A much-discussed family lawsuit has come to an end. An appeals court in Illinois last week dismissed a lawsuit in which two grown children accused their mom of "bad mothering."
People at the U.N. think the U.S. can do a better job protecting women against domestic violence, and a Colorado case was used as an example.
It's not uncommon for custody fights to get contentious, particularly with public figures.
The popular film "Kramer vs. Kramer" was released in 1979, around the peak of divorces in this country. The movie, starring Dustin Hoffman and Meryl Streep, was a hit and struck a chord with divorcing parents.
What's your guess? Does Colorado make the Top 10 list of the most divorced states? We won't keep you in suspense. The answer is no.
Do you remember the film "The Parent Trap" from the early 1960s? Hayley Mills plays twins aiming to get their estranged parents back together. It was remade with Lindsey Lohan in 1998 and may be the archetype for the "comedy of remarriage" films - movies which experts say are unrealistic and potentially harmful to the minds of young children.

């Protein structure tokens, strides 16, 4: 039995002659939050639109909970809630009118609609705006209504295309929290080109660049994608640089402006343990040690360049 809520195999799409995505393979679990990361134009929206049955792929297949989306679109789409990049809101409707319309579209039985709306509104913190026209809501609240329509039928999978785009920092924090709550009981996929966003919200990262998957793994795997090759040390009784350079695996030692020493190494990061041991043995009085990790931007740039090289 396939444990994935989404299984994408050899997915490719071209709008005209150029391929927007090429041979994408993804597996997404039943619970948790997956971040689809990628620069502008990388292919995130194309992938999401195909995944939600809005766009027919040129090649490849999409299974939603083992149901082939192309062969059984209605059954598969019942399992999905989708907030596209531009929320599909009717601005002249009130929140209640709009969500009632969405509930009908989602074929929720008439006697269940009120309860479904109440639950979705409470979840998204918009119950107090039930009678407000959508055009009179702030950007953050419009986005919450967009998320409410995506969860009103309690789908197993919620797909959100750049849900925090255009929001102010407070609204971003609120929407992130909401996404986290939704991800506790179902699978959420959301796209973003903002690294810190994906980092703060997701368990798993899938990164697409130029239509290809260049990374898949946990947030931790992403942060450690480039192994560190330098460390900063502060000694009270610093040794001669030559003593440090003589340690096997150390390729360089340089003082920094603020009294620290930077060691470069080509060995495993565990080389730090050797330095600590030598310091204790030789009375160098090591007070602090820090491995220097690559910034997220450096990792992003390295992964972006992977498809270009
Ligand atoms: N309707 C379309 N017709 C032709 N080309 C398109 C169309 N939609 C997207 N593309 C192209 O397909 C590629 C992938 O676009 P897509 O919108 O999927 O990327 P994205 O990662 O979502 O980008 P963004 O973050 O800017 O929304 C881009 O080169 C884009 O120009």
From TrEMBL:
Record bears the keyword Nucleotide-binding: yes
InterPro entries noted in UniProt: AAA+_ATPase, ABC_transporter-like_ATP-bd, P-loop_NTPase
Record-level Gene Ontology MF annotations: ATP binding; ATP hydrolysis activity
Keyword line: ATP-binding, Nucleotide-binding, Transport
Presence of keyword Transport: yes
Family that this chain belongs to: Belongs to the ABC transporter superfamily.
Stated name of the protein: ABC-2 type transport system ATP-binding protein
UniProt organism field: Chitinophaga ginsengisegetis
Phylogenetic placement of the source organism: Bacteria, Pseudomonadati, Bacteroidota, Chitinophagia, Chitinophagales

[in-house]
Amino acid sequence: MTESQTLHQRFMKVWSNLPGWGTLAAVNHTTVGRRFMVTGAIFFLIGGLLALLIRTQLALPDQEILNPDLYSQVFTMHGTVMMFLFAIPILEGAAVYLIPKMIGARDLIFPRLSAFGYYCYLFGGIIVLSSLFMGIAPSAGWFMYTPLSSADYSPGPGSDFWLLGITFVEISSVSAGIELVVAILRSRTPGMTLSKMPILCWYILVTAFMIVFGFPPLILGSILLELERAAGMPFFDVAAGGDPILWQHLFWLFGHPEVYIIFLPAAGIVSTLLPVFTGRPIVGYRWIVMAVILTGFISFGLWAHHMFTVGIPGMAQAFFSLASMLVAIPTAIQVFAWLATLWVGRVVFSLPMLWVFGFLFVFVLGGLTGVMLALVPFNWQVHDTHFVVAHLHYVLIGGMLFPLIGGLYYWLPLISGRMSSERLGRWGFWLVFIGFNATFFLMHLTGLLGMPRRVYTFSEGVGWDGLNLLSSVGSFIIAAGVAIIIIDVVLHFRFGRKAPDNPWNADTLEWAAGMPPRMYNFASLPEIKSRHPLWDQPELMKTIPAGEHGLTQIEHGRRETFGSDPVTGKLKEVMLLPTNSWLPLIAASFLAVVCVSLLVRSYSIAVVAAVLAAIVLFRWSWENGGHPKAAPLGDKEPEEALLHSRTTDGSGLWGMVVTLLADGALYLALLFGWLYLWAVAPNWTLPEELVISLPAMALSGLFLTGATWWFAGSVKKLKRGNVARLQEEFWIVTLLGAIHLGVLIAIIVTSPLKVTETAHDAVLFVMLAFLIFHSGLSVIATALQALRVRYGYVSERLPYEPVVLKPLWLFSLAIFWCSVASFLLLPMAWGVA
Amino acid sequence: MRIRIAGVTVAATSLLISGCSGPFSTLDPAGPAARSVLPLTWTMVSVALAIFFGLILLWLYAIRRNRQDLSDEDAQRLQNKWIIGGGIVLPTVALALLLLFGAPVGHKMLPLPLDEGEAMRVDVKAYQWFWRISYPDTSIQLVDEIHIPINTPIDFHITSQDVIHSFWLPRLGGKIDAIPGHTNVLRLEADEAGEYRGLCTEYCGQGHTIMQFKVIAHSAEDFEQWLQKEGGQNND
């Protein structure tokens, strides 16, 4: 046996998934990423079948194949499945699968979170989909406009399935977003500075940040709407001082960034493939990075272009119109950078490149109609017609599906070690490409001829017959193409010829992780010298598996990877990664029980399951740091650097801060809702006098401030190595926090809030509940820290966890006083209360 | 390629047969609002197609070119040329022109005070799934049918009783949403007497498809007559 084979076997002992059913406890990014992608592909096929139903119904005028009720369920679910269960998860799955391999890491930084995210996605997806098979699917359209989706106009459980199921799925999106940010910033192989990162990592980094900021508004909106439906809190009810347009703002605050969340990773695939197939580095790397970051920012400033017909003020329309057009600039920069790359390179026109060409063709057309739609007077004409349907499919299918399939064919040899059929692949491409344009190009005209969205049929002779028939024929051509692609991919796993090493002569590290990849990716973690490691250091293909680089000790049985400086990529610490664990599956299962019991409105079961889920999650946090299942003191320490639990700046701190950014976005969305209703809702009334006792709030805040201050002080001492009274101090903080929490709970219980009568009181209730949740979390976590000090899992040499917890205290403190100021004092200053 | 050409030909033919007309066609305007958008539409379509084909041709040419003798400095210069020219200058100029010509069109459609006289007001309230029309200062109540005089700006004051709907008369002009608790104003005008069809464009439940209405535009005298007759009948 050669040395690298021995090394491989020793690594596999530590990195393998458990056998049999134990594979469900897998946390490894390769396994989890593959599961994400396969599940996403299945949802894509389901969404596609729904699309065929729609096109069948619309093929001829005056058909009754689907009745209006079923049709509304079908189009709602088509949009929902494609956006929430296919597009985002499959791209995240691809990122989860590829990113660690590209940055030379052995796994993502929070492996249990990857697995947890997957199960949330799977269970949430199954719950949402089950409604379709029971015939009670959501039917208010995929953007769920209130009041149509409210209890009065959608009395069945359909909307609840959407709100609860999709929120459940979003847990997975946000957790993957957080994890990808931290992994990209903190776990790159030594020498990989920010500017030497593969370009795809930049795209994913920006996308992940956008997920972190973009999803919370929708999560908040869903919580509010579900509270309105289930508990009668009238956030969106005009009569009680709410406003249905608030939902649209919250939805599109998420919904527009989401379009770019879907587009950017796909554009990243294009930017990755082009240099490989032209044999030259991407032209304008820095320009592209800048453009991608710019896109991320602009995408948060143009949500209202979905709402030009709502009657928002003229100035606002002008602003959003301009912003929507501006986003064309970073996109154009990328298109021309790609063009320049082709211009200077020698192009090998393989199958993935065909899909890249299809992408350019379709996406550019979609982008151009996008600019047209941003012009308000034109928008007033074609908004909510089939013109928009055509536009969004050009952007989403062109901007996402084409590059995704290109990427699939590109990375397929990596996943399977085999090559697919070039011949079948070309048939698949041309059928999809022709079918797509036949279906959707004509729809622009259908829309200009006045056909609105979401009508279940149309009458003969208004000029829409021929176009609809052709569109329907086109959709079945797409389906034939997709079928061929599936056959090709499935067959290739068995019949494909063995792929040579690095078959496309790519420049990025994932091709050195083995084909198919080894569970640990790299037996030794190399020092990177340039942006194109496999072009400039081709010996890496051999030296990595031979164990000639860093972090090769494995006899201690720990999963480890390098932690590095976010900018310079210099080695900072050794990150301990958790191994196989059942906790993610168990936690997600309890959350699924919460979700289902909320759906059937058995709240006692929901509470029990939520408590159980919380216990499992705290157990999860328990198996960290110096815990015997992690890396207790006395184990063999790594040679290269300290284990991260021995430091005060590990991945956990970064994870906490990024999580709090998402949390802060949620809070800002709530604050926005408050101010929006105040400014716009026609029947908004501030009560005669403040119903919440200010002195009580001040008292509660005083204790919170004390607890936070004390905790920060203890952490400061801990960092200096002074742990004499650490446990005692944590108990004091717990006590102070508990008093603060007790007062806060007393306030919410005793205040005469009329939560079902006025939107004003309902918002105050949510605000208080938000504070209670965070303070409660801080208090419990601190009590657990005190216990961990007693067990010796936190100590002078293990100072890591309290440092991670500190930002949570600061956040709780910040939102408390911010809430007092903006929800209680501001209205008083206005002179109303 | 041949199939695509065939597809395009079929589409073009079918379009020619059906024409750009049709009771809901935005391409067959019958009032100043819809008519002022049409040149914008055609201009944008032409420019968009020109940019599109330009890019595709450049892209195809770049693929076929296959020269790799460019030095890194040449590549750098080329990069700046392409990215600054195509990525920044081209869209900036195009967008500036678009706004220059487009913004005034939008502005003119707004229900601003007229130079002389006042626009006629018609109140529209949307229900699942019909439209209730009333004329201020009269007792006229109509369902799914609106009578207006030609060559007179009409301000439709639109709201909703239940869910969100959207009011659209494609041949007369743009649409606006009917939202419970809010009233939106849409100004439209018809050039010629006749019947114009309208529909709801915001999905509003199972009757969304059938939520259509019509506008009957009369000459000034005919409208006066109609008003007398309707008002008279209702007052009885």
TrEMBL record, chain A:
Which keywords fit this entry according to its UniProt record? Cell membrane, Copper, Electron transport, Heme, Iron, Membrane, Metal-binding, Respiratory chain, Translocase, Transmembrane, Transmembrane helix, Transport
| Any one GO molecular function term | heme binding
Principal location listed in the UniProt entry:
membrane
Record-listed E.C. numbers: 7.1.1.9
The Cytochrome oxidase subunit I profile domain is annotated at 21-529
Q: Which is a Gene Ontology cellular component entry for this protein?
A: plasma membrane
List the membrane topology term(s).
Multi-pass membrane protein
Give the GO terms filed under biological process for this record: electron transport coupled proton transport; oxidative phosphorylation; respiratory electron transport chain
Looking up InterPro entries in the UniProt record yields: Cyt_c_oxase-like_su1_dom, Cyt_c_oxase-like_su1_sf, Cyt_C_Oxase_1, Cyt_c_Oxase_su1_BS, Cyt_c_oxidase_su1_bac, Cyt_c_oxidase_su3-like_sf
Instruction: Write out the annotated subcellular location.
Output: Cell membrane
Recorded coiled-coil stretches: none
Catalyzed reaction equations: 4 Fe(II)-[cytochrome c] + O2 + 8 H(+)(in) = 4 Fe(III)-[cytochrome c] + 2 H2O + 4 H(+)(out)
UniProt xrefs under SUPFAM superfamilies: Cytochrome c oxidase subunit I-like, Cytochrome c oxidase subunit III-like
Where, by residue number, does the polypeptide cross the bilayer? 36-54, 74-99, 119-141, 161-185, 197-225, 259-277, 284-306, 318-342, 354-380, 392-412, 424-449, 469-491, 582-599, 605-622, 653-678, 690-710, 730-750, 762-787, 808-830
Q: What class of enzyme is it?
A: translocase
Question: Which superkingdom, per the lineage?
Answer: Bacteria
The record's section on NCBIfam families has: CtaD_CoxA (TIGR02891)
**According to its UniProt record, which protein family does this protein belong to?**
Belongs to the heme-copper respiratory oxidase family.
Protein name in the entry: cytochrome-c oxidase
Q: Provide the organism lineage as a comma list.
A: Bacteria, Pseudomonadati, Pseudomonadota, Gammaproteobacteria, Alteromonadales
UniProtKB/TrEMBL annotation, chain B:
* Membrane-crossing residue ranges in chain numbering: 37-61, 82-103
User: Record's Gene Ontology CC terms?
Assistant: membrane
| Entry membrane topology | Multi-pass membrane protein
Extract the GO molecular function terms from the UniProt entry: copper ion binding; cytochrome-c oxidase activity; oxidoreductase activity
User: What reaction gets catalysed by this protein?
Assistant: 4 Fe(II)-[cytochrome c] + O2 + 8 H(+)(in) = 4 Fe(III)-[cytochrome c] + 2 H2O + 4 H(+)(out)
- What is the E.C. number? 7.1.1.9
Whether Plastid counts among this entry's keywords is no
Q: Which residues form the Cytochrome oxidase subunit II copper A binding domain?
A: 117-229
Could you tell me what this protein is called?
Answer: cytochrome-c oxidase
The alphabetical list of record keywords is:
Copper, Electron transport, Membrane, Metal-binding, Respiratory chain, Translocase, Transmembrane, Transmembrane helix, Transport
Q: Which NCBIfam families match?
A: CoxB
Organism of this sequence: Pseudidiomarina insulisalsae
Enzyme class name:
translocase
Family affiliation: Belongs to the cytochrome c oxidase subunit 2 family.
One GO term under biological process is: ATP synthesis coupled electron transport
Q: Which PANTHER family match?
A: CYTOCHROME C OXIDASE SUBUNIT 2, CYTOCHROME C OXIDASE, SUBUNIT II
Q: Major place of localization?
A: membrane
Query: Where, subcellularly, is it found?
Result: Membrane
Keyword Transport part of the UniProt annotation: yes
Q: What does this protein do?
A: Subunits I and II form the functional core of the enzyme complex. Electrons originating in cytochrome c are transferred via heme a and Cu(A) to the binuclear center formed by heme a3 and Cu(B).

People should feel comfortable in their own homes. But when a spouse is prone to violence, it can change entire lifestyles. And, not surprisingly, the repercussions can be serious. A new study suggests that domestic violence raises women's risk of future mental health disorders.
Many things about marriage and divorce rates have changed over the years. The average age of men and women when they get married has ticked upward. Divorce rates have gone up and down. But one thing has stayed relatively constant: what's known as the "seven-year itch."
This case is notable because it may involve a record-breaking child support judgment. Supermodel Linda Evangelista is requesting $46,000 per month in child support payments from her ex, French billionaire Francois-Henri Pinault. He is now married to actress Salma Hayek.